At one point in his interview with Hillary Rodham Clinton, Fox News anchor Bret Baier said: “I have some more specific Benghazi questions. You may have imagined that.”

Good self-awareness right there on Baier’s part. Fox News has clawed away at every little aspect of the Benghazi story since four U.S. personnel were killed at a diplomatic post in the eastern Libyan city on Sept. 11, 2012. When Clinton committed to a tag-team interview with Baier and host Greta Van Susteren, she could well have supposed that all the questions would relate to Benghazi. “I know that you and your viewers have a lot of questions” regarding Benghazi, Clinton noted in the interview.

No bombshells came out of the Benghazi back-and-forth. As the sitdown unfolded, it became clear that both sides in this clash came impeccably prepared.

On the Fox News side, Baier was methodical and thoughtful in his questioning. He wanted to know where President Obama was on the night of the attacks (in the White House, said Clinton); he wanted to know if Clinton had spoken on the night of the attack with Charlene Lamb, the State Department official who was communicating by phone with people at the diplomatic compound (no, said Clinton); and he wanted to know about those durable talking points. Fox News commentators, among many others, have criticized the administration for not immediately and forcefully announcing that the attacks were terrorism at work, instead noting that an anti-Islam video appeared to have whipped up the crowds in Benghazi and elsewhere in the Middle East at the time. That interpretation turned out to be faulty.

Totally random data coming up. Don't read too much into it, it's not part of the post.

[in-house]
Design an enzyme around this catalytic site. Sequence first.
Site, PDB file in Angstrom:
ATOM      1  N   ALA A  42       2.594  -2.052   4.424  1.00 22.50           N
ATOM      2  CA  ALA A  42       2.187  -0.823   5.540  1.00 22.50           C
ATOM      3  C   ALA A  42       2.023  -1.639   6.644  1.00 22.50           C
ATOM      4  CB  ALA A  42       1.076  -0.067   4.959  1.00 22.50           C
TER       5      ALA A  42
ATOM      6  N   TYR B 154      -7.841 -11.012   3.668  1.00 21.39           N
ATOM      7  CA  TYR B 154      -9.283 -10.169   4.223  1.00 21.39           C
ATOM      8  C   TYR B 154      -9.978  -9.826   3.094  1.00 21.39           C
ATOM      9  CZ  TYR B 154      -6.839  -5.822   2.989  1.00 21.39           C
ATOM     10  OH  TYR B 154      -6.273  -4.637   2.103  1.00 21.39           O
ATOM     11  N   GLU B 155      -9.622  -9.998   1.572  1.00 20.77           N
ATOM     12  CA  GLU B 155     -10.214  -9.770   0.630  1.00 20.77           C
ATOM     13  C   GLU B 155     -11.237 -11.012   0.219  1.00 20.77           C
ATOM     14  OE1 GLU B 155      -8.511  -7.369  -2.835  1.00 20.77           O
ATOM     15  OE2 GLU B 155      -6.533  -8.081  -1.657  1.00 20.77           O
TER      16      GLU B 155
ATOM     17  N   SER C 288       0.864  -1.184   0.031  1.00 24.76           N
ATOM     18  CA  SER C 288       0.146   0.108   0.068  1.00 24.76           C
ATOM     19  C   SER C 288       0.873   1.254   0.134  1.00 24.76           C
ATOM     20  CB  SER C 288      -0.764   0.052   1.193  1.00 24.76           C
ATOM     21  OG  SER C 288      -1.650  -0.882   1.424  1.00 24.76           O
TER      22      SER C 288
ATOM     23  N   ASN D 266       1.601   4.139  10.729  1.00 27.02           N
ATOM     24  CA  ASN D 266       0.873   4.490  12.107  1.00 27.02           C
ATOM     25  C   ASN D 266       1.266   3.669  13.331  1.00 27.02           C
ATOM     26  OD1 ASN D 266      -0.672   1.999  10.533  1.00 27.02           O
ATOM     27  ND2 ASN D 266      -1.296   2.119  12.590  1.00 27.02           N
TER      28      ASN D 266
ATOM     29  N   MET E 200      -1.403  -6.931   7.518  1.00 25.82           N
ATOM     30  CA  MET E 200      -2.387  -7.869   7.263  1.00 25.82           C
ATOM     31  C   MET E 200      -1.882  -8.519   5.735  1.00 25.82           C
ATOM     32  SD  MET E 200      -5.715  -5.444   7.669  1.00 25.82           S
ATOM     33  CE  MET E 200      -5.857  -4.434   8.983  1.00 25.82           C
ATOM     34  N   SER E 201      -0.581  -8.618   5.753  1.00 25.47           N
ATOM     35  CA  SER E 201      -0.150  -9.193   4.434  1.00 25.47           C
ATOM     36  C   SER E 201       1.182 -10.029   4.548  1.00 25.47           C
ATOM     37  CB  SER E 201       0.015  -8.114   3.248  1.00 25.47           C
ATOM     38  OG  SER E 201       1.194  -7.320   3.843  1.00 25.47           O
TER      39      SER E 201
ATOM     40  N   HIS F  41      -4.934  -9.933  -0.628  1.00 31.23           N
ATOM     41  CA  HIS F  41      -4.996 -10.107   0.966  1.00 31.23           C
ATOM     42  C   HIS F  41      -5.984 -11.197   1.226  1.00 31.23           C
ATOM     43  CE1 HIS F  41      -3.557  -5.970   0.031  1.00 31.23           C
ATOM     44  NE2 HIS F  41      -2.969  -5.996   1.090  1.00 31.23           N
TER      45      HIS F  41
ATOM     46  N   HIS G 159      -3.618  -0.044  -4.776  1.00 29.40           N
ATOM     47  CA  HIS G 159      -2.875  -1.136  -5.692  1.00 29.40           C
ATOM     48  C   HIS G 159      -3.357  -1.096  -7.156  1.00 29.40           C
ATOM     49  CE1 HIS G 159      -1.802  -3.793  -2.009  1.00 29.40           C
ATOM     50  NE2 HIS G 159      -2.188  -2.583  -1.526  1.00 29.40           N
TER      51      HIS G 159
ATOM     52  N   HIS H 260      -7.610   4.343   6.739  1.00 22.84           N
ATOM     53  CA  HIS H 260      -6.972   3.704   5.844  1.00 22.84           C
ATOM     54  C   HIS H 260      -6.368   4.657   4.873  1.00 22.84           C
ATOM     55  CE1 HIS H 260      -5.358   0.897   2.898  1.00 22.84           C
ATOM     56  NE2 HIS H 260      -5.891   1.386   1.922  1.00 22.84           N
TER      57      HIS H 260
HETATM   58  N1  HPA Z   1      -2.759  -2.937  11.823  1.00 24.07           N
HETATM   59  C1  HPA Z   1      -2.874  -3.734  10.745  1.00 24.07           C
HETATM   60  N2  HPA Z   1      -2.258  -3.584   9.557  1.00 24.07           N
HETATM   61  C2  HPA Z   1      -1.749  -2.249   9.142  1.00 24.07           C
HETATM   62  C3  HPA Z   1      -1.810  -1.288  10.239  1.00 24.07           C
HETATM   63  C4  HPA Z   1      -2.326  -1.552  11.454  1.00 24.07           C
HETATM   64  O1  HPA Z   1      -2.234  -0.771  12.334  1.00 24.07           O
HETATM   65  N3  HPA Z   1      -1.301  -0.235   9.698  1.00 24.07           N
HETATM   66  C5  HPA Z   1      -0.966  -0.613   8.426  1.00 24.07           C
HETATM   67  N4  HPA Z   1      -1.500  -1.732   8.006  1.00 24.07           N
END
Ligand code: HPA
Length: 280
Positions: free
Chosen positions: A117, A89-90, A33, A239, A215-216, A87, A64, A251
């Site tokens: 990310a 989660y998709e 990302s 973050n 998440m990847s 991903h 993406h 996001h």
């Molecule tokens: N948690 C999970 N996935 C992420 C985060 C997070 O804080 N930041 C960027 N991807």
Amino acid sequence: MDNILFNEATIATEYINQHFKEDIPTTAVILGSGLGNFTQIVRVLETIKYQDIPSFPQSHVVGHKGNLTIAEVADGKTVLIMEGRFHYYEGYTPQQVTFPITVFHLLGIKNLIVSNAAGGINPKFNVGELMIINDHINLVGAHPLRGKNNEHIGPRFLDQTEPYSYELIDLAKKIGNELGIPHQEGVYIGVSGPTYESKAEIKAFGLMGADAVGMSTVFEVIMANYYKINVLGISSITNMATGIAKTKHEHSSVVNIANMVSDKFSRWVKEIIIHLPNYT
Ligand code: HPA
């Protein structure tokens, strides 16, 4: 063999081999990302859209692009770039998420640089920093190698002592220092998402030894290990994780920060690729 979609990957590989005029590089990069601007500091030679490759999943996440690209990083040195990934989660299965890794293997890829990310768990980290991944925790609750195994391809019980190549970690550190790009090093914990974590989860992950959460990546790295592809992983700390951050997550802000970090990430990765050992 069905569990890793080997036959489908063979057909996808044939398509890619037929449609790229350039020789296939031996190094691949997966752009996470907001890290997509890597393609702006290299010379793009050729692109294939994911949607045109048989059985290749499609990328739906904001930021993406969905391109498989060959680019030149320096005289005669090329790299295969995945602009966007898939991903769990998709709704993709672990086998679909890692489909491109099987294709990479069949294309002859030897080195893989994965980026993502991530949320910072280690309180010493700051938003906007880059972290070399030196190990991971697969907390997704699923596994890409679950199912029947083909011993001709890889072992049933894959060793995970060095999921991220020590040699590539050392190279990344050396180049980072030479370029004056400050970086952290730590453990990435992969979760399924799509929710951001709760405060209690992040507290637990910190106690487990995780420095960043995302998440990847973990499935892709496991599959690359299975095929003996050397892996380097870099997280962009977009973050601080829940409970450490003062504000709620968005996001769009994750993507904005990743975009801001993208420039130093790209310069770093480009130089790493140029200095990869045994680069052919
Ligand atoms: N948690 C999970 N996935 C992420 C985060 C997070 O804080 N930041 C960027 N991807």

So Baier asked Clinton whether she stood behind her congressional testimony in January 2013, when she said that she didn’t know of any reports that contradicted the video narrative, which then-U.S. Ambassador to the U.N. Susan Rice laid out on the Sunday talk shows on Sept. 16, 2012.

Clinton wasn’t budging:  “I do [stand by it], Bret. … This was the fog of war. You know, my own assessment careened from ‘The video had something to do with it’ to ‘The video had nothing to do with it.’”

Digging further on this time frame, Baier noted that a State Department official on Sept. 12, 2012, had told a Libyan official that Ansar al-Sharia, a group of Islamic extremists, had carried out the attacks. Baier asked, “So I guess the question is why is the State Department telling the Libyans … it was Ansar al-Sharia and yet telling the American people at the same time it was this video?”

Clinton responded with one of the less convincing answers of her media fortnight. She said that “you have to take both ideas at the same time,” that “there was a lot of information flowing around,” that “we were trying to sort things out … information kept changing.”

Then Baier said, “I heard your interview with Diane Sawyer. What exactly are you taking responsibility for?” At this point, the Erik Wemple Blog would like to stop and clarify that we have no evidence whatsoever that Baier asked that question because the Erik Wemple Blog suggested just such an inquiry in this post on the Sawyer interview: “Fox News, which interviews Clinton on June 17, might consider giving her a chance to clarify just what taking responsibility means.”

Clinton responded to Baier’s question like this:  “I took responsibility for being at the head of the State Department at that time. Now, that doesn’t mean that I made every decision because I obviously did not. But it does mean that I feel very deeply and very personally about the losses that we incurred….And it also means that as a leader, I have a responsibility to try to figure out what happened and then to put into place changes that’ll prevent” a recurrence.

As Mediaite points out, some conservatives have expressed dismay that Baier and Van Susteren didn’t devise a sufficiently nasty gantlet for the former secretary of state. They shouldn’t be mad at Baier and Van Susteren, both of whom placed reasonable and well-researched questions before Clinton; they should be mad at the facts. 

 

Erik Wemple writes the Erik Wemple blog, where he reports and opines on media organizations of all sorts.